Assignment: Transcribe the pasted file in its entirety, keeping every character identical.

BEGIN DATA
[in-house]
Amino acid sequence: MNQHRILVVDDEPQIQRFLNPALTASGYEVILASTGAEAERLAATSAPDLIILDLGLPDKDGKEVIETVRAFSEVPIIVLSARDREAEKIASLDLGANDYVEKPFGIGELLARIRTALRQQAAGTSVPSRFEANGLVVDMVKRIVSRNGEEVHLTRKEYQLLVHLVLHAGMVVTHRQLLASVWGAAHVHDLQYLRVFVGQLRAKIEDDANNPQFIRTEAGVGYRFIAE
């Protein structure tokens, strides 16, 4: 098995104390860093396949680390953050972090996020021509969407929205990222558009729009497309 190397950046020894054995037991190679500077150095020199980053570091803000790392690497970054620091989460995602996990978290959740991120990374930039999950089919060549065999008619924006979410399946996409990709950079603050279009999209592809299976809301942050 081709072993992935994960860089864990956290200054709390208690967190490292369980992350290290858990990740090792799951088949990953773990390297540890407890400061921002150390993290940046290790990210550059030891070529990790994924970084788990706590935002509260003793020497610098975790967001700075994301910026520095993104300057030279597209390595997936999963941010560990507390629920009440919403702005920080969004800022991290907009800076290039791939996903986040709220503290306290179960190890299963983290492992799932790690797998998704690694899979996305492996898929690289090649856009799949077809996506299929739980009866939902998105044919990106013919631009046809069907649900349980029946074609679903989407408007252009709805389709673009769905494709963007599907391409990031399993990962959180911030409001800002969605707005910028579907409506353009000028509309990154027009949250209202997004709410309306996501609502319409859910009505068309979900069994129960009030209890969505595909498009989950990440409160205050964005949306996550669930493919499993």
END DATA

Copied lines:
[in-house]
Amino acid sequence: MNQHRILVVDDEPQIQRFLNPALTASGYEVILASTGAEAERLAATSAPDLIILDLGLPDKDGKEVIETVRAFSEVPIIVLSARDREAEKIASLDLGANDYVEKPFGIGELLARIRTALRQQAAGTSVPSRFEANGLVVDMVKRIVSRNGEEVHLTRKEYQLLVHLVLHAGMVVTHRQLLASVWGAAHVHDLQYLRVFVGQLRAKIEDDANNPQFIRTEAGVGYRFIAE
């Protein structure tokens, strides 16, 4: 098995104390860093396949680390953050972090996020021509969407929205990222558009729009497309 190397950046020894054995037991190679500077150095020199980053570091803000790392690497970054620091989460995602996990978290959740991120990374930039999950089919060549065999008619924006979410399946996409990709950079603050279009999209592809299976809301942050 081709072993992935994960860089864990956290200054709390208690967190490292369980992350290290858990990740090792799951088949990953773990390297540890407890400061921002150390993290940046290790990210550059030891070529990790994924970084788990706590935002509260003793020497610098975790967001700075994301910026520095993104300057030279597209390595997936999963941010560990507390629920009440919403702005920080969004800022991290907009800076290039791939996903986040709220503290306290179960190890299963983290492992799932790690797998998704690694899979996305492996898929690289090649856009799949077809996506299929739980009866939902998105044919990106013919631009046809069907649900349980029946074609679903989407408007252009709805389709673009769905494709963007599907391409990031399993990962959180911030409001800002969605707005910028579907409506353009000028509309990154027009949250209202997004709410309306996501609502319409859910009505068309979900069994129960009030209890969505595909498009989950990440409160205050964005949306996550669930493919499993």